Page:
I am never allowed to talk about my day with my husband. He thinks what I do is gross. Talking about the cases I saw during the day can mean I end up sleeping on the couch.
During undergrad, I volunteered at the Montana Raptor Conservation Center, where I cleaned cages, made raptor meals out of mice, venison, and pheasants, and occasionally restrained injured birds for treatments. Cutting up dead mice was a little icky, but the worst part was making mice slurry for the really sick birds. It was just like what it sounds like – mice in a blender – and the result looked so much like a strawberry daiquiri that I have not had one since.
Restraining birds also had some spectacularly squirm-inducing moments. Hawks, eagles and owls came in with lacerations that had to be cleaned and wrapped, or would need to be treated with subcutaneous fluids injected or injectable medications. Sometimes, for more severe cases where the bird had been injured and laying on the ground, it would even need maggots picked out of wounds. Each bird would have a leather hood on its head that covered its eyes, which made it very calm. I usually held the legs and body, which required me to hold tightly and be very, very still. This meant I could only watch as the mites and fleas moved from the bird and up my arms.
When I got home, I would remove most of my clothes before coming inside, and the rest after I closed the front door. All clothes went directly into the washing machine and I went straight into the shower. I did not know it at the time, but this would become a consistent pattern in my life.
My first rotation as a senior was necropsy. Every day, our group would put on scrubs, then coveralls and rubber boots, enter a giant, cooled necropsy room, and carefully cut open dead animals to find causes of deaths. When CSU does necropsies, samples are taken of all major organs, and cutting these bits from old, decaying stomach or guts could be pretty bad. Almost “mouse slurry” bad.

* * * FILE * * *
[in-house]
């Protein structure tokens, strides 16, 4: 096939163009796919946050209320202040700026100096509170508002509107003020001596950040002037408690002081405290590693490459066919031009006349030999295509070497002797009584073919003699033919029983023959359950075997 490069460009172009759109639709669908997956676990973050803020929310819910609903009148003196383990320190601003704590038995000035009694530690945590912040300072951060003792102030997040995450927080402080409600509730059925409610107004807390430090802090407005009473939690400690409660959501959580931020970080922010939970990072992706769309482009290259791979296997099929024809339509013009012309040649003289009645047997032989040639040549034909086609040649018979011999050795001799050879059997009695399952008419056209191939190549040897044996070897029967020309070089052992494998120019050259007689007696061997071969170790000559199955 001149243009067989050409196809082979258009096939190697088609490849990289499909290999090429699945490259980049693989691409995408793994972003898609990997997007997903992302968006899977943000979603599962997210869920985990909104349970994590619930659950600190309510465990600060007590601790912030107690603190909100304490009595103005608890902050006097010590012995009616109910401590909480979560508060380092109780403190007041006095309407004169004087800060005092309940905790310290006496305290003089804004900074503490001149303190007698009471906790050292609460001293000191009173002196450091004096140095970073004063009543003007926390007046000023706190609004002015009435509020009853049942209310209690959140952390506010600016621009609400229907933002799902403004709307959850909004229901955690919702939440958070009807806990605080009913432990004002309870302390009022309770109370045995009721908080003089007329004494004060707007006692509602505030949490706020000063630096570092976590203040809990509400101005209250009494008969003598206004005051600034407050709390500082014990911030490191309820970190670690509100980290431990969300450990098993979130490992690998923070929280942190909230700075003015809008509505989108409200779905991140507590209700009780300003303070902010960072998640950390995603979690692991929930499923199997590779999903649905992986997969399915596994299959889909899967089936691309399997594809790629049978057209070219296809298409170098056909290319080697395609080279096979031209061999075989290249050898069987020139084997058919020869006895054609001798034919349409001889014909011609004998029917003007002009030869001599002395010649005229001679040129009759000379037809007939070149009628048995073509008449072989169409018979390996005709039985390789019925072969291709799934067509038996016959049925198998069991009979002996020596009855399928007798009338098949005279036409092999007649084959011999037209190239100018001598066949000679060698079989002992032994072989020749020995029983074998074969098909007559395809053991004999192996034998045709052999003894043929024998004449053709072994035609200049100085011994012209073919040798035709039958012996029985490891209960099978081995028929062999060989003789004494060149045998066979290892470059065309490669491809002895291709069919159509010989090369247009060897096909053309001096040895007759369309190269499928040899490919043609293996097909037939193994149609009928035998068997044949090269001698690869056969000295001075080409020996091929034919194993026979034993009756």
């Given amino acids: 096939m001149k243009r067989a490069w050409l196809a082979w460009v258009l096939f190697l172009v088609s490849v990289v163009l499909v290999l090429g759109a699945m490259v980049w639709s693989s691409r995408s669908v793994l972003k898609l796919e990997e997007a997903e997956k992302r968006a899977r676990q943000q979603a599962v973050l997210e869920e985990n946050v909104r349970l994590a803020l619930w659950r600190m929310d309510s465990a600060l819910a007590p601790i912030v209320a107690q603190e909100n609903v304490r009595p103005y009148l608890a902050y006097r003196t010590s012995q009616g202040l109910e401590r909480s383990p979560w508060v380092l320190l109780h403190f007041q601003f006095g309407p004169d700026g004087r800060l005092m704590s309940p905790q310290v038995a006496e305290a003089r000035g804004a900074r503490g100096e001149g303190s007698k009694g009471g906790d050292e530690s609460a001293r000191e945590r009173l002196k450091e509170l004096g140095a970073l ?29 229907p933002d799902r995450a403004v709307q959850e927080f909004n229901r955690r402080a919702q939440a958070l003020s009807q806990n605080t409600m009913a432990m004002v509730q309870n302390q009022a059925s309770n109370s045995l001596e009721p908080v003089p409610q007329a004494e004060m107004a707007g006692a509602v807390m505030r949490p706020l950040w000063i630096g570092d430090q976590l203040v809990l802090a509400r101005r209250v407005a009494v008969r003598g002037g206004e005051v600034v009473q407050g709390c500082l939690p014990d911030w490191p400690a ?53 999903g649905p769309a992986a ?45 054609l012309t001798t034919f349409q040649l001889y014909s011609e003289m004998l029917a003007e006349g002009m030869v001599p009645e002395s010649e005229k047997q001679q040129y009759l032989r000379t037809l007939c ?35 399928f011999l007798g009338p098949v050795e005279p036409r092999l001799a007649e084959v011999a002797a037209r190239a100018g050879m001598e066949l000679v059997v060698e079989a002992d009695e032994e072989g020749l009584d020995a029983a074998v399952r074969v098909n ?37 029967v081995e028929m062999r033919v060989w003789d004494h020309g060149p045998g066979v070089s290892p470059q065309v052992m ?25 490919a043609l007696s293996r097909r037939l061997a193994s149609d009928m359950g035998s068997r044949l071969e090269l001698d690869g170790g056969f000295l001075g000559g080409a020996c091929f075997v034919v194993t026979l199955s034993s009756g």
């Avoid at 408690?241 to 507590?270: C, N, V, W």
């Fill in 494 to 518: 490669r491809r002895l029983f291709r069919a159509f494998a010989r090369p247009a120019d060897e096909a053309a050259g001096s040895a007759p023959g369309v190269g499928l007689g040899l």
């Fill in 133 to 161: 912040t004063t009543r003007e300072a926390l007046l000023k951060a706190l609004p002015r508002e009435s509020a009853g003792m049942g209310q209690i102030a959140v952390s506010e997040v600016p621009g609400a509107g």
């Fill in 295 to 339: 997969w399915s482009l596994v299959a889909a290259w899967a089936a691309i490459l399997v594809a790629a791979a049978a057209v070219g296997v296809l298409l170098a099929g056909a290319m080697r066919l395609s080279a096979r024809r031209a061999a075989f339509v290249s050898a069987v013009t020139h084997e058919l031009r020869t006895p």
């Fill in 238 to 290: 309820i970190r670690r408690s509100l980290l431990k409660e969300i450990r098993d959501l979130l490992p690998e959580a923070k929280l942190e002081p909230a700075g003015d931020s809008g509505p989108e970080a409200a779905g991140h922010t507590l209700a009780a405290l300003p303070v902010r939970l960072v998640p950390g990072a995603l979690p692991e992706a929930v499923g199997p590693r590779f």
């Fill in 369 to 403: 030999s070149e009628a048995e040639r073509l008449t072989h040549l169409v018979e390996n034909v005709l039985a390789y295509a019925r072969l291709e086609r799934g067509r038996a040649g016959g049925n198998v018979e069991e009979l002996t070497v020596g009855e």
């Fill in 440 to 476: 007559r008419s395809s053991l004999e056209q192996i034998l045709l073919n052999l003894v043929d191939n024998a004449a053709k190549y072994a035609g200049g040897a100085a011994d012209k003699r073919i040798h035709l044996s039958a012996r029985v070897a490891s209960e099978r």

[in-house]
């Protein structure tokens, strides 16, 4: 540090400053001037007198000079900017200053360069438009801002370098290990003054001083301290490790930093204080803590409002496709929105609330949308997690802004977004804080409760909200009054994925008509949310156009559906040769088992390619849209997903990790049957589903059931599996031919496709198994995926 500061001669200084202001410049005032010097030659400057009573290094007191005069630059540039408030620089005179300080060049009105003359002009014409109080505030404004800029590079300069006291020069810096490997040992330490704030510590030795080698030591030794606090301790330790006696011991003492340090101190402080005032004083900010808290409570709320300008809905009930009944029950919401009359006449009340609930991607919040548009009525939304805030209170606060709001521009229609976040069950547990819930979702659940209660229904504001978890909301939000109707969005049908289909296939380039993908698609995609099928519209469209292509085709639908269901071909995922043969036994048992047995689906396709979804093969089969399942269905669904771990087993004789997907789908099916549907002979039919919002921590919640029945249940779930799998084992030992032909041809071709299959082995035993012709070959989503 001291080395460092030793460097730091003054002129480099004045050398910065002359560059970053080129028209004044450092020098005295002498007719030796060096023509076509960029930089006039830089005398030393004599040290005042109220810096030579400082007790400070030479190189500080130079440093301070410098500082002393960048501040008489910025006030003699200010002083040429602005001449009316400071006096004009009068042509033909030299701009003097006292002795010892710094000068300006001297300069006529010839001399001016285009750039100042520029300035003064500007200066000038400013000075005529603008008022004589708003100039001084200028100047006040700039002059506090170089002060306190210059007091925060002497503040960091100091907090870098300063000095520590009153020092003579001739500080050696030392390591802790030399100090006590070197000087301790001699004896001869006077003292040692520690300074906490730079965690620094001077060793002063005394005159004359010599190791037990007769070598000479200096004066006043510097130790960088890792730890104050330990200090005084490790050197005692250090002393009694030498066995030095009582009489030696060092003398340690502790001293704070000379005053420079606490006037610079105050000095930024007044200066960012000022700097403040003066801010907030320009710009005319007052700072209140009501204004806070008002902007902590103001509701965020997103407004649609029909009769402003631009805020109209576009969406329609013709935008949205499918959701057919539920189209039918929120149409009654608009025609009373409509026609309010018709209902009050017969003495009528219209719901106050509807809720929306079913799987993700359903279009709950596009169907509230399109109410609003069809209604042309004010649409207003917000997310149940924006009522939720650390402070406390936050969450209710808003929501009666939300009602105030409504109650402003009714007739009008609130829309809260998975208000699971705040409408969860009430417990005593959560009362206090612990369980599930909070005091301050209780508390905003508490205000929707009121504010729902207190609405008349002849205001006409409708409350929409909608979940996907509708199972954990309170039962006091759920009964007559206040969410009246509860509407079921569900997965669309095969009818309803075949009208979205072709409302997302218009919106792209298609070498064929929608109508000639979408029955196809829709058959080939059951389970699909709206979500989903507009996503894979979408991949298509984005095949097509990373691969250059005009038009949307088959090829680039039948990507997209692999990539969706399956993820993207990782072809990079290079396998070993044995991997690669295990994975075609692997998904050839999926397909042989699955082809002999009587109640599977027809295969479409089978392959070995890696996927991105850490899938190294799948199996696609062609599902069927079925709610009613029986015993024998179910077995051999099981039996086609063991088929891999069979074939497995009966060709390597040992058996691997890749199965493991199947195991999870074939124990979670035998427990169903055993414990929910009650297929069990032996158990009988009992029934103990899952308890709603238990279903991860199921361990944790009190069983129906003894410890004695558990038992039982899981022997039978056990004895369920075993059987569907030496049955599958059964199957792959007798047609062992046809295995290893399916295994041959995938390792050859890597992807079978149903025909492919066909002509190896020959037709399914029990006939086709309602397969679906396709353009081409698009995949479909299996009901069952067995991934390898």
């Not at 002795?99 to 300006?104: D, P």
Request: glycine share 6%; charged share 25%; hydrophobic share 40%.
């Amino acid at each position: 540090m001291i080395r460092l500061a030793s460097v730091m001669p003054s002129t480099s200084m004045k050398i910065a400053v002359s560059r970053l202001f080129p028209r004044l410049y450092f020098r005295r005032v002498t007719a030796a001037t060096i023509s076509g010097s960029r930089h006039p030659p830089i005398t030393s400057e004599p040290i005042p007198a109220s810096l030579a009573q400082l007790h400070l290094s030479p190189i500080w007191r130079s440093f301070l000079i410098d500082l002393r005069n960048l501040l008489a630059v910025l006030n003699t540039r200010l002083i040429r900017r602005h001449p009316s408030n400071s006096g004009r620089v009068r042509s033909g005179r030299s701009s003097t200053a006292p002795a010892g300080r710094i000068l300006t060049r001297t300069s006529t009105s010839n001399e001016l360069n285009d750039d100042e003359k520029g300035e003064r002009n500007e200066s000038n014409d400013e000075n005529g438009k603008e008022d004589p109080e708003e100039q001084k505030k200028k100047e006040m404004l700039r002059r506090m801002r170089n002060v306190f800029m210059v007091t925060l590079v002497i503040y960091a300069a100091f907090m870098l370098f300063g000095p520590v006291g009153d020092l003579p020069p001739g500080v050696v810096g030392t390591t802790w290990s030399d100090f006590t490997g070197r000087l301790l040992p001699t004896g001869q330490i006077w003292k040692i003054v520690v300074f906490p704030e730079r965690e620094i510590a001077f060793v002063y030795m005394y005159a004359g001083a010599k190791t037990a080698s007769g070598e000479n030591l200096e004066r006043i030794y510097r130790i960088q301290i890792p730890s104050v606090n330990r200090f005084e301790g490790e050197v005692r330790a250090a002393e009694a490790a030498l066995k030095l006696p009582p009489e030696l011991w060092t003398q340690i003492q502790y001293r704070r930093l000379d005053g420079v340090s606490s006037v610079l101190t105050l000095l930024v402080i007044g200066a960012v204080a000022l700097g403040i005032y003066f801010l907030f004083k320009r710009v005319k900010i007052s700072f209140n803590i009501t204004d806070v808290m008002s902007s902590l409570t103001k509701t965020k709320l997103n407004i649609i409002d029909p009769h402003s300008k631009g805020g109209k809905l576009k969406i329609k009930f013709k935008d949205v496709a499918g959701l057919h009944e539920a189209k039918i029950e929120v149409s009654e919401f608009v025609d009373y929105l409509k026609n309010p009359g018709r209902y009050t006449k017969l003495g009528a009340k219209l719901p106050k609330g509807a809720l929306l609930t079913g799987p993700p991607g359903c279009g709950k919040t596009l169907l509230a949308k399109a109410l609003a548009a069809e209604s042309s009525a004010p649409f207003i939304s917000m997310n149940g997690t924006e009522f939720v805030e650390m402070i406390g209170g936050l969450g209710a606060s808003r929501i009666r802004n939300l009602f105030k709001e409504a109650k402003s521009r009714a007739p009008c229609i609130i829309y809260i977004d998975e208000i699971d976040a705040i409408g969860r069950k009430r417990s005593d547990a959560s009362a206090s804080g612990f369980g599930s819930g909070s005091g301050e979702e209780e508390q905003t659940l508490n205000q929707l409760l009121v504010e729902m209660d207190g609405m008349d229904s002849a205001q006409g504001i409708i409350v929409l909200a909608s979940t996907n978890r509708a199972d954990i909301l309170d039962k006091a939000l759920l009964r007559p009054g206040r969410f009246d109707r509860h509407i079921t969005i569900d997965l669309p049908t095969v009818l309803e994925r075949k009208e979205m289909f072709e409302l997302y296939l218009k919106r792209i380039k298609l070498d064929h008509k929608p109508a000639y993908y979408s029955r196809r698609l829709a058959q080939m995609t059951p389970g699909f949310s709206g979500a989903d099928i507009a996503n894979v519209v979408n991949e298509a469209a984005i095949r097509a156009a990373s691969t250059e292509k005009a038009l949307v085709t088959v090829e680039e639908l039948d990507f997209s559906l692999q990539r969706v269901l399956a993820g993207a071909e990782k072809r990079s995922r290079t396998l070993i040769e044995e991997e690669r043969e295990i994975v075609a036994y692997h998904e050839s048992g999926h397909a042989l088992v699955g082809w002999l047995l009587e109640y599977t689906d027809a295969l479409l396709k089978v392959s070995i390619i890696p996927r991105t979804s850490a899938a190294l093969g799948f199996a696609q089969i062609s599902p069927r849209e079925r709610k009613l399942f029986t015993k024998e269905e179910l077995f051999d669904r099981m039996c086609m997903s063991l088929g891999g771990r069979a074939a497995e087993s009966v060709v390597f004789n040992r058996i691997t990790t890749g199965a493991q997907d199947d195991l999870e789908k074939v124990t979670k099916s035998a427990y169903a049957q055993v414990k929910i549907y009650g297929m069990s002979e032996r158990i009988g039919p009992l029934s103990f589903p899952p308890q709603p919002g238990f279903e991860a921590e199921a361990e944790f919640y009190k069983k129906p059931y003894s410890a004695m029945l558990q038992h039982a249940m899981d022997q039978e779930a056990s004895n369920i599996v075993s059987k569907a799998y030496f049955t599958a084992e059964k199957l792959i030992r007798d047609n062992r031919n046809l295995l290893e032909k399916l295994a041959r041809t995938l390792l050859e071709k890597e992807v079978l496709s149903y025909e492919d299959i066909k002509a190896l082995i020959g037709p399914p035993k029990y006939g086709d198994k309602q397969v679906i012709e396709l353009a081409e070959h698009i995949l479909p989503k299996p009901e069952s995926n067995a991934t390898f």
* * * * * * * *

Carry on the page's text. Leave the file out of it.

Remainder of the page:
Although I took off the boots and coveralls and then changed from scrubs to street cloths, it was the same routine when I got home: clothes into the washing machine and straight into the shower. With lots of soap. And then perfume.
My next two rotations made things worse between my husband and I. I had Equine Reproduction and then Dairy Field Service, both of which consisted mainly of sticking my arm up the backside of a horse or cow. Most vets can do an equine rectal with a plastic sleeve and have no evidence on their cloths afterward. When I did a rectal on a horse, I had poo from my ears down to my knees. Again, the same routine: drive home, clothes to washing machine, straight to the shower.
Dairy was worse. Cattle have significantly looser feces, and it tends to spray out. Even with coveralls, double plastic sleeves, and a palpation sleeve, it was the same old routine when I got home, with extra shampoo this time because feces tend to stick in hair.
These experiences alone make my husband cautious about approaching when I returned home. But I think what he hates worse is when I tell him about my day. It was pretty much forbidden during undergrad when I was working at vet clinics and came home. The conversations would usually go like this:
Me: “Guess what I saw today!!! It was so cool!!”
Him: “No, I don’t want to know.”
Me: “No, it’s not gross…”
Him: “Well, okay…”
I would tell him, and inevitably I got in trouble. What I think is cool is always gross.
I used to think that I could desensitize him, but five years later nothing has changed. I have another thirty-ish years to work on him, though.